If we continue to expand the sphere we reach a threshold (point B in Figure 1c), beyond which the temperature rises during expansion. The system has attained negative heat capacity. It has become so condensed that the central parts are bound primarily by self-gravitation and not by the outer parts or the box. In this case, condensation (note that while the box expands the central parts condense) causes heating because of negative gravitational energy. This is dictated by virial theorem, or may be understood very simply in the case of a single body moving in a central potential. Equilibria closer to the center correspond to larger orbital velocities. This negative specific heat branch is stable if the energy of the box is conserved.
However, as we continue to move along this negative specific heat branch expanding the sphere, we reach a second threshold (point A in Figure 1c) beyond which the system attains again positive specific heat, but now becomes unstable. Lynden-Bell and Wood [4] explained this as follows. The self-gravitating core decouples from the outer parts attaining negative-specific heat. As the total specific heat of the core and the outer parts—the halo—is positive, a temperature gradient. Here, and in the following, we assume spherical symmetry and therefore by “gradient” is meant a radial derivative. from the core to the halo cannot be reversed. A runaway effect of heat transfer takes place. Both the core and the halo become hotter and a temperature equalization is impossible. This is the Antonov instability or gravothermal catastrophe. Note that if we continue to expand the sphere, we will reach another threshold beyond which stable equilibria do exist at sufficiently big radii such that the dark energy becomes relevant. Entropy maxima will be restored due to the stabilizing, repulsive nature of dark energy [6,7,8].
Now, imagine that we compress the sphere back beyond the first threshold (starting from A and moving towards B in Figure 1c) and enter again the stable, positive specific heat branch of series of equilibria. As the sphere is compressed, the gas heats up and becomes more uniform. The mass density profile flattens, tending to a constant density, uniform state, as expected. However, surprisingly, we reach a point (point Σ in Figure 1c,d) beyond which any compression causes a steepening of the mass density profile. Relativity has started to become important. The mass density now includes the thermal mass of random movement of the particles. During compression, this thermal mass concentrates to the center to generate a density gradient to counterbalance its own gravitational attraction, similarly to rest mass did during expansion. At some point, we reach another threshold (point Γ in Figure 1c,d), beyond which the system starts to cool down during compression. The system has attained again negative heat capacity. However, by “cooling down” we do not refer to the local temperature, but to the quantity that is conjugate of energy in general relativity and is uniform in equilibrium. Locally, the temperature of the core continues to rise. The thermal core becomes bound by its own gravity (likewise the rest mass core did in the previous case of expansion). Finally, we reach the point (called Δ in Figure 1c,d) when specific heat becomes positive again and another instability sets in, the high energy gravothermal instability. The core decouples from the outer regions—the halo—and collapses due to a runaway heat transfer from the core to the halo, like in the low-energy case. However, it is now responsible for the decoupling, and the self-gravitation of the core is thermal mass and not rest mass. We will further quantify and analyze this thought experiment in Section 3.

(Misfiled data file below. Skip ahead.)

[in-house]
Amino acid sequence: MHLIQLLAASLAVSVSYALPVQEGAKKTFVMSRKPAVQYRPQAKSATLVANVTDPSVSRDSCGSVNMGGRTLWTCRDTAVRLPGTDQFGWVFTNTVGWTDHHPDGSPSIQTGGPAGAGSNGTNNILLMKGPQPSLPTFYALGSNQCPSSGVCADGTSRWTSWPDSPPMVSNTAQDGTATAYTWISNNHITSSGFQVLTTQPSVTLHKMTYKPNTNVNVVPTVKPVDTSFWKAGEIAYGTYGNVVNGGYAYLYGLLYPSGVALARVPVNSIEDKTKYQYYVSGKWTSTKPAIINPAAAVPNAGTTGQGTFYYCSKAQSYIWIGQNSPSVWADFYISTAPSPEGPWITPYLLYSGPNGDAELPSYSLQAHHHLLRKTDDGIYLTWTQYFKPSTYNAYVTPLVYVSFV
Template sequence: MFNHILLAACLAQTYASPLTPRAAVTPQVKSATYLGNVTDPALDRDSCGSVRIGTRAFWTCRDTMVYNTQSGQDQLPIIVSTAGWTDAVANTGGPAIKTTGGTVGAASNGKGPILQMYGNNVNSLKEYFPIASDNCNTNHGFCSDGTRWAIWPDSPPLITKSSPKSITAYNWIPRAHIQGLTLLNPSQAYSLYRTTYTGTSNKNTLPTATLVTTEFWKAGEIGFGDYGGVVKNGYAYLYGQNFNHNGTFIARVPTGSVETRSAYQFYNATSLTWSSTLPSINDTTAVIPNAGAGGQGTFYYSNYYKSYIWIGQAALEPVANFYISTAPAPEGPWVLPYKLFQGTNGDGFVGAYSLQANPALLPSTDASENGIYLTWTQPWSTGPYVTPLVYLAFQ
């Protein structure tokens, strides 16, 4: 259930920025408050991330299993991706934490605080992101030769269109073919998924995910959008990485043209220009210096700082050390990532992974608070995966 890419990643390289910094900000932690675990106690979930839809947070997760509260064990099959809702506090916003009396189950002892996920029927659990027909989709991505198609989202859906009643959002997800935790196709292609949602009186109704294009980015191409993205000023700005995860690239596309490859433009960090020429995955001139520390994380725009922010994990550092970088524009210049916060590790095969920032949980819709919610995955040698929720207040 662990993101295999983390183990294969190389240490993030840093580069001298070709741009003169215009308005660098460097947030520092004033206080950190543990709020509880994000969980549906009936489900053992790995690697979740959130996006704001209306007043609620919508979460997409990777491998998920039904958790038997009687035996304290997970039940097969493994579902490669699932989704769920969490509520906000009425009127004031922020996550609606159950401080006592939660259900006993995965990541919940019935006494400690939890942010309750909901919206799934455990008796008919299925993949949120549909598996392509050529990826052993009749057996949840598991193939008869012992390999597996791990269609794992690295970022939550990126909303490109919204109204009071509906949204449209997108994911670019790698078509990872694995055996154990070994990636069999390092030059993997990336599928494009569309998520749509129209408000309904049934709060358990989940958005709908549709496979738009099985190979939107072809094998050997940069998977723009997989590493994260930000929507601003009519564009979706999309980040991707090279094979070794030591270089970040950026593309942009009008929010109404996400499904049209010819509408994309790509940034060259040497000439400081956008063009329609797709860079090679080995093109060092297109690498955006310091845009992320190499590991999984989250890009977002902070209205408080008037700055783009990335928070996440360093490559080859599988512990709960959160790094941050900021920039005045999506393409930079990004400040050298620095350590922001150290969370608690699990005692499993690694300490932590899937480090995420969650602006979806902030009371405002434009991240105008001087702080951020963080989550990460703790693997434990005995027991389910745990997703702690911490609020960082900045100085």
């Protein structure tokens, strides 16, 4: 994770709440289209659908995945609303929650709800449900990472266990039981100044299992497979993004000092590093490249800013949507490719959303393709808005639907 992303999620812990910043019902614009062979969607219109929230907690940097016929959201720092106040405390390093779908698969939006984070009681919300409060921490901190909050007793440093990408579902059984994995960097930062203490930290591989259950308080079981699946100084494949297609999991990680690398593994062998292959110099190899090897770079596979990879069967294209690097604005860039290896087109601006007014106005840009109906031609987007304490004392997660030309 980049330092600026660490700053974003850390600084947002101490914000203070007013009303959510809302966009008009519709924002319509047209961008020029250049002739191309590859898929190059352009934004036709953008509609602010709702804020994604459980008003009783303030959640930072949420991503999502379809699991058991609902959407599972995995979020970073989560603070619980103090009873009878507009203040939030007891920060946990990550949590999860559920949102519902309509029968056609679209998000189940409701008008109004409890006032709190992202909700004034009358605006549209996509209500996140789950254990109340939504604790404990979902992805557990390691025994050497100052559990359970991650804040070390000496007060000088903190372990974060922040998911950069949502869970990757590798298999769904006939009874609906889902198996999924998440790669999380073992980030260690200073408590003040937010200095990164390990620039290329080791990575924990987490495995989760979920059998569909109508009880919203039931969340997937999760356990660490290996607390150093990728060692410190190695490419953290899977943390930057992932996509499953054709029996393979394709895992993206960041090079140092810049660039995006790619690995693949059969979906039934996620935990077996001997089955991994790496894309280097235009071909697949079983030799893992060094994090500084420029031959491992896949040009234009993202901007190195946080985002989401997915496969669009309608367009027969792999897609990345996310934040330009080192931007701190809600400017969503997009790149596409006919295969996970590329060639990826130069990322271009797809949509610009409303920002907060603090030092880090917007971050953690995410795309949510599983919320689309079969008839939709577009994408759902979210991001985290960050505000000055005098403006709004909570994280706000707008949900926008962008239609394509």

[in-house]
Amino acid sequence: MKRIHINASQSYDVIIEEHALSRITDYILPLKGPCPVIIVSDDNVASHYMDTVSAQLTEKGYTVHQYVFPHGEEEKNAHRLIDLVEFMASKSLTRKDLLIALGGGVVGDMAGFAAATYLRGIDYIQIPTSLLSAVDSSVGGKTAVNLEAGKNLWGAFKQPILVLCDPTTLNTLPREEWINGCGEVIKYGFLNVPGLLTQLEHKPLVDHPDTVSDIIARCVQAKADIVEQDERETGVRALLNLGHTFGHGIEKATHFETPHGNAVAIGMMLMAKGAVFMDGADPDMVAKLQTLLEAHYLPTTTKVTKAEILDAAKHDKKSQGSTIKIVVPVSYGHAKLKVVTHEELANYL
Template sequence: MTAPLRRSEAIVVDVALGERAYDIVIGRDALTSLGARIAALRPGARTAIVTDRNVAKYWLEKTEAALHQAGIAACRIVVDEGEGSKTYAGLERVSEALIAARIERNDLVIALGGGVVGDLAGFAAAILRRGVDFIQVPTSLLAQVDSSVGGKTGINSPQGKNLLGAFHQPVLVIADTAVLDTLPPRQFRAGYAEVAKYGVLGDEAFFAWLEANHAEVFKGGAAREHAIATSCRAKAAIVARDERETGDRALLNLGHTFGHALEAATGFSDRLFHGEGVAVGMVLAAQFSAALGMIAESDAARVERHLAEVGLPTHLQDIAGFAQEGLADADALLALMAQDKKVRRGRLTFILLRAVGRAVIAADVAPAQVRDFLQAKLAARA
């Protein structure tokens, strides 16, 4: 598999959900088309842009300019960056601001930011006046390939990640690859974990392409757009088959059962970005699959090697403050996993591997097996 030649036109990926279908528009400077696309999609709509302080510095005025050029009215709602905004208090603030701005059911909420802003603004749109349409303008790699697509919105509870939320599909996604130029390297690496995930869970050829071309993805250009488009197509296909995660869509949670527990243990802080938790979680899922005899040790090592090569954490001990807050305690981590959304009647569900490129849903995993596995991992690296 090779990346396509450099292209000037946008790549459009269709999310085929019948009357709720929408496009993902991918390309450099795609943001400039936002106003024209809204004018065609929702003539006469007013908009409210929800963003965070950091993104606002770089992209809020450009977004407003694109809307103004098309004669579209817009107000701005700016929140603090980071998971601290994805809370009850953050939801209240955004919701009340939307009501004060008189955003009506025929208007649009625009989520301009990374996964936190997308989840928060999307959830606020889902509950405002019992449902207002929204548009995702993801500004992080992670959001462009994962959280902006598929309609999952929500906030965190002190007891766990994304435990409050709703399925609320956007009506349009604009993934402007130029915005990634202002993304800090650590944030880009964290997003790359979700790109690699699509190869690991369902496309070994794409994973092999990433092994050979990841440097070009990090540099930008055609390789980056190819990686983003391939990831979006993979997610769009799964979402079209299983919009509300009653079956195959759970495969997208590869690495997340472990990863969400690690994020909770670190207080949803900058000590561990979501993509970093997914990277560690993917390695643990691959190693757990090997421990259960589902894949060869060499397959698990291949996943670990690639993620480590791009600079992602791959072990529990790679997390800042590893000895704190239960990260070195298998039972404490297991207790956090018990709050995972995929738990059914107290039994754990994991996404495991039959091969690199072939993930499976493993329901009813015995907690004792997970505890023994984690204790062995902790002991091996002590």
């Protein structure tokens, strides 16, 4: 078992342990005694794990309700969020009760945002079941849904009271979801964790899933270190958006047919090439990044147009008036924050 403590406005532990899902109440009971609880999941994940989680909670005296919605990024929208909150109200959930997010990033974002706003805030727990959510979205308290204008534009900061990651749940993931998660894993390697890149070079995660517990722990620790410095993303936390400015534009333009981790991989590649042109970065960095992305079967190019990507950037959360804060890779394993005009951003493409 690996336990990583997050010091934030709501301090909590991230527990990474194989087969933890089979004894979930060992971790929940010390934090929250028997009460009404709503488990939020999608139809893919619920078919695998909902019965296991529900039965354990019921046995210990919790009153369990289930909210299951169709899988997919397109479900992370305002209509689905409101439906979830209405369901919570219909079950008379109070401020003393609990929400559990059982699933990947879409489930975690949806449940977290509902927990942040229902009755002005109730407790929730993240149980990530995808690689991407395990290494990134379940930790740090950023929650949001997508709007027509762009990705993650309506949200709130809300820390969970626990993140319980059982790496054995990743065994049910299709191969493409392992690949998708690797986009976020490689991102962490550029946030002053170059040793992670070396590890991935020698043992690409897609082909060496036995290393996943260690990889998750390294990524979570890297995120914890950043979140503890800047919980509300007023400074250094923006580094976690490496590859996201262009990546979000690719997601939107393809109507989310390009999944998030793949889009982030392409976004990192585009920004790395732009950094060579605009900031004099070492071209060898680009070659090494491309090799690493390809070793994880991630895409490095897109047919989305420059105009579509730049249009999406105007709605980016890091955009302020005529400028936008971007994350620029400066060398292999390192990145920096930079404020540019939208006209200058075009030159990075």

2. Hydrostatic Equilibrium of Relativistic Self-Gravitating Ideal Gas

2.1. Tolman–Oppenheimer–Volkoff Equation

The equation that describes hydrostatic equilibrium in General Relativity is called the Tolman–Oppenheimer–Volkoff equation (TOV equation). It may be derived from Einstein’s equations for a perfect gas [9,10] and expresses a maximum entropy state [11,12,13,14,15,16].
Let us denote P ( r ) , ρ ( r ) , and T ( r ) as the pressure, the total mass-energy density at r, and the temperature measured by a static observer at r, respectively. For an equation of state of the form
P ( r ) = P ( ρ ( r ) , T ( r ) ) ,
the hydrostatic equilibrium is expressed by three equations:
d P d r = ( ρ + P c 2 ) G M ^ ( r ) r 2 + 4 π G P c 2 r 1 2 G M ^ ( r ) r c 2 1 ,
d T d r = T P + ρ c 2 d P d r ,
d M ^ d r = 4 π r 2 ρ ( r ) ,
where M ^ ( r ) denotes the total mass-energy, including that of gravitation, enclosed within r. M denotes the total mass-energy of the system with radius R
M M ^ ( R ) = 0 R ρ ( r ) 4 π r 2 d r .